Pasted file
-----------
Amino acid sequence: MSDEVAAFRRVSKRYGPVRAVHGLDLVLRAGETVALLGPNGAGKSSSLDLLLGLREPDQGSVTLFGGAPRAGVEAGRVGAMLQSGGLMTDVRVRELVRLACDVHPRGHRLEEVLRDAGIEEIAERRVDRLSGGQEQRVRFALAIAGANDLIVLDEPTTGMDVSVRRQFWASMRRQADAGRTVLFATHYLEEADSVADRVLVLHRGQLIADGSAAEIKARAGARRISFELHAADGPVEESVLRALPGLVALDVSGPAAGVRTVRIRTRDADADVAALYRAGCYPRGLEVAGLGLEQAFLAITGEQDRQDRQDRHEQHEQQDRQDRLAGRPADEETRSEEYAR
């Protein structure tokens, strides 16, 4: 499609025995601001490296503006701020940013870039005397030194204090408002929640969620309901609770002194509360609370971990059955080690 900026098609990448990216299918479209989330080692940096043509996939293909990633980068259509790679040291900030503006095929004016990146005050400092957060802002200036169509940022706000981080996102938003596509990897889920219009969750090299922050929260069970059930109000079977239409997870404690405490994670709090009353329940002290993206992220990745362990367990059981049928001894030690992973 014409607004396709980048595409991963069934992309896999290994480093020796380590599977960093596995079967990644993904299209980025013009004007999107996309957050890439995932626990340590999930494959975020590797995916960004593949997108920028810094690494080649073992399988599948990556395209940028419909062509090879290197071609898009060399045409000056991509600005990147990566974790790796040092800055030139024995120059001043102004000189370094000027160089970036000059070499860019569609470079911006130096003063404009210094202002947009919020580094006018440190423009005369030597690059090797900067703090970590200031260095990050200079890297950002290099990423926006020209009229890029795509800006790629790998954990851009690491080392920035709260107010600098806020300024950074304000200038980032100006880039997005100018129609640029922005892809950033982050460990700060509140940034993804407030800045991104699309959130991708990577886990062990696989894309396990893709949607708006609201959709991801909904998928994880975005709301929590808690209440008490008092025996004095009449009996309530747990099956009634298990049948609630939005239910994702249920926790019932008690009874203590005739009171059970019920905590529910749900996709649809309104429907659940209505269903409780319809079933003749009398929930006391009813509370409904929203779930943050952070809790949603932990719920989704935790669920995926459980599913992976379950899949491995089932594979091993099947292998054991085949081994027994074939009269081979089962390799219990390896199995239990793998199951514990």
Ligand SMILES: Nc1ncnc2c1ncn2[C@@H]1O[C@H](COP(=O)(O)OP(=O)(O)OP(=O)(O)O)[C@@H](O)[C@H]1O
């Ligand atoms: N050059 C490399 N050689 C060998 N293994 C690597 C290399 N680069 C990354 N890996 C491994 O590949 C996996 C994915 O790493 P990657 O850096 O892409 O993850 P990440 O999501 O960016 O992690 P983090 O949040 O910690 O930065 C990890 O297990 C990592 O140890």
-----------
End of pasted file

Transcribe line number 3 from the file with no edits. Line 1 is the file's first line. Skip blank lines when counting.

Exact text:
Ligand SMILES: Nc1ncnc2c1ncn2[C@@H]1O[C@H](COP(=O)(O)OP(=O)(O)OP(=O)(O)O)[C@@H](O)[C@H]1O